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California Counties

The U.S. state of California is divided into fifty-eight counties. On January 4, 1850, the California constitutional committee recommended the formation of 18 counties. They were Benicia, Butte, Fremont, Los Angeles, Mariposa, Monterey, Mount Diablo, Oro, Redding, Sacramento, San Diego, San Francisco, San Joaquin, San Jose, San Luis Obispo, Santa Barbara, Sonoma, and Sutter. On April 22, the Counties of Branciforte, Calaveras, Coloma, Colusi, Marin, Mendocino, Napa, Trinity, and Yuba were added. Benicia was renamed Solano, Coloma to El Dorado, Fremont to Yola, Mt. Diablo to Contra Costa, San Jose to Santa Clara, Oro to Tuolumne, and Redding to Shasta. One of the first state legislative acts regarding Counties was to rename Branciforte County to Santa Cruz, Colusi to Colusa, and Yola to Yolo.

The last California county to have been established is Imperial County in 1907.

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San Mateo County, California

San Mateo County History, Geography, and Demographics

County Seat: Redwood City
Year Organized: 1856
Square Miles: 449
Court House:

400 County Center
County Courthouse
Redwood City, CA 94063-1668

Etymology - Origin of County Name

The county bears the Spanish name for Saint Matthew. As a place name, St. Matthew appears as early as 1776, and the arroyo, the point and the settlement at the unofficial San Mateo Mission are all so designated on the early maps. Until about 1850, the name appeared as San Matheo.


County QuickFacts: Census Bureau Quick Facts

County History

San Mateo County (pronounced /ˌsæn məˈteɪoʊ/ "san muh-TAY-o") (Spanish for: St. Matthew County) is a county located in the San Francisco Bay Area of the U.S. state of California. It covers most of the San Francisco Peninsula just south of San Francisco, and north of Santa Clara County. San Francisco International Airport is located at the northern end of the county, and Silicon Valley begins at the southern end. San Mateo County was formed from parts of San Francisco County and Santa Cruz County in 1856. The county seat is Redwood City.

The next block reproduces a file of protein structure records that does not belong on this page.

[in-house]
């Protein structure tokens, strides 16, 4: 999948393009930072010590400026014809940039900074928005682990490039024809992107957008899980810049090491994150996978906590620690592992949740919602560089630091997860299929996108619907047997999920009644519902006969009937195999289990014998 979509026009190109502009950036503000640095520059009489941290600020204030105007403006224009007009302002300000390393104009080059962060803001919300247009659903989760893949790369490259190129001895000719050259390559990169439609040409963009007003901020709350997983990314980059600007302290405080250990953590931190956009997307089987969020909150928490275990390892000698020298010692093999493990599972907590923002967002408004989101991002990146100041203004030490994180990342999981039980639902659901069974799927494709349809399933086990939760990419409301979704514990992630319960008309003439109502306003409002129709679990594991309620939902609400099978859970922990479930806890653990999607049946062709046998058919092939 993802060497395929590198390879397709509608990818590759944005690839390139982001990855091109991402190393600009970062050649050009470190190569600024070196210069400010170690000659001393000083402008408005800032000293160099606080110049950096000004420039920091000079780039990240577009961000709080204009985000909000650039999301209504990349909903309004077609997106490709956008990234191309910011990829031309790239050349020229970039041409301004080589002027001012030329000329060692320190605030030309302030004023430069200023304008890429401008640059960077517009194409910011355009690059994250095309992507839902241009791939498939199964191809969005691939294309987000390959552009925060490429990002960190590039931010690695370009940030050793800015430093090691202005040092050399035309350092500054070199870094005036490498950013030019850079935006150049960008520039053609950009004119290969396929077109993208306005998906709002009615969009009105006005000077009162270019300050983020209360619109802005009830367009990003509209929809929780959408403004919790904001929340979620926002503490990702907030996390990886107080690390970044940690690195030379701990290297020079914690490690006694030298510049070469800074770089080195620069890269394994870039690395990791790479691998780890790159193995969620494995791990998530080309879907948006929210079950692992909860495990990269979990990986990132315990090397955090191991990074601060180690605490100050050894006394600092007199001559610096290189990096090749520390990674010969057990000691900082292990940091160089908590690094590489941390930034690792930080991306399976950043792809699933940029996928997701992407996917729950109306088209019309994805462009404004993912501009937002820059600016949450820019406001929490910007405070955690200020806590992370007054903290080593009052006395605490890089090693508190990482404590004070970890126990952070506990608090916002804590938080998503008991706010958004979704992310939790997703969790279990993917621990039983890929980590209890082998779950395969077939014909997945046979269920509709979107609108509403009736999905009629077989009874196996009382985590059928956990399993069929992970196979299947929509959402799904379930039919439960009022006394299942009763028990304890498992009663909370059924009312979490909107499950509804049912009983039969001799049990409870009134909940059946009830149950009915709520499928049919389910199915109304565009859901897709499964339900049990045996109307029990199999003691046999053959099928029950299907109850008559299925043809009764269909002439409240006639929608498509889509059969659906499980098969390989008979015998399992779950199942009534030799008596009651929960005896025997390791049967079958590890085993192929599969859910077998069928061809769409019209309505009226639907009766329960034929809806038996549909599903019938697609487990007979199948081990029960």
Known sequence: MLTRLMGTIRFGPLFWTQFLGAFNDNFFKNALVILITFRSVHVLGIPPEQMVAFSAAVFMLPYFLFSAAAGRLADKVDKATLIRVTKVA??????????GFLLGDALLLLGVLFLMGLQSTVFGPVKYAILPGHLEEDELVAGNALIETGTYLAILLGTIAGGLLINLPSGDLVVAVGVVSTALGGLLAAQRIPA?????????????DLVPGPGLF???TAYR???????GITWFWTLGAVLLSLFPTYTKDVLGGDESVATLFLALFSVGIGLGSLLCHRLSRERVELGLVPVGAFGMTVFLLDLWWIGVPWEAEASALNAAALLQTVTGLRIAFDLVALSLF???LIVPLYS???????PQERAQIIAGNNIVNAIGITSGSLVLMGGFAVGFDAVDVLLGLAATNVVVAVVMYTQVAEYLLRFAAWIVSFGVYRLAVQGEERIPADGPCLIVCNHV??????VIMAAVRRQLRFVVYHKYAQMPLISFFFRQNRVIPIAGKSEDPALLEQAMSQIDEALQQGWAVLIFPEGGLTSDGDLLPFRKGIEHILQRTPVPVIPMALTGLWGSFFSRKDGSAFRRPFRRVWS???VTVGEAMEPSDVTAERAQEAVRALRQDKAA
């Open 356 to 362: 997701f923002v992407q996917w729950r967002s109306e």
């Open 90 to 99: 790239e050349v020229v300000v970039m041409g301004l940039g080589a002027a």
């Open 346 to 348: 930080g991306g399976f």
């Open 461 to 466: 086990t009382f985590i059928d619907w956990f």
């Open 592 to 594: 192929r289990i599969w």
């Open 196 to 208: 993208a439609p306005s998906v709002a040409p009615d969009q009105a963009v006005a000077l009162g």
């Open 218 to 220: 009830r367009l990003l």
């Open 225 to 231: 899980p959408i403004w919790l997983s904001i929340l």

So satisfying had been the growth of the county that in the spring of 1856 the Hon. Horace Hawes introduced in the State Senate a bill entitled: "An act to repeal the several charters of the City and County of San Francisco, and to consolidate the government thereof." This became a law and received the governor's approval on April 19, of the same year.

The boundaries of the new county were identical with those of the southern portion of the County of San Francisco, up to the present northerly line where the two counties were cut apart.

A year later, because of disturbing irregularities found in the consolidating act, Senator T. G. Phelps, a resident of San Mateo County, introduced a bill to effect the proper organization of the county. It passed April 18, 1857, which date properly marks the legal organization of the county.

This act defined the southern boundary of the county, as running from a point in the middle of San Francisco Bay opposite the mouth of San Francisquito Creek; thence to and up the middle of said creek, following the middle of the south branch thereof to its source in the Santa Cruz Mountains; thence due west to the Pacific Ocean and three miles therein.

Another section of this Act provided that Redwood City should be and remain the county seat until otherwise provided by law. Eleven years later this southern boundary was expanded southward and made to include ninety thousand acres or 140 square miles of additional territory. This was acquired from Santa Cruz County in March, 1868, by "An Act to fix and define the boundary line between the Counties of San Mateo and Santa Cruz." This new territory included Pescadero and Pigeon Point.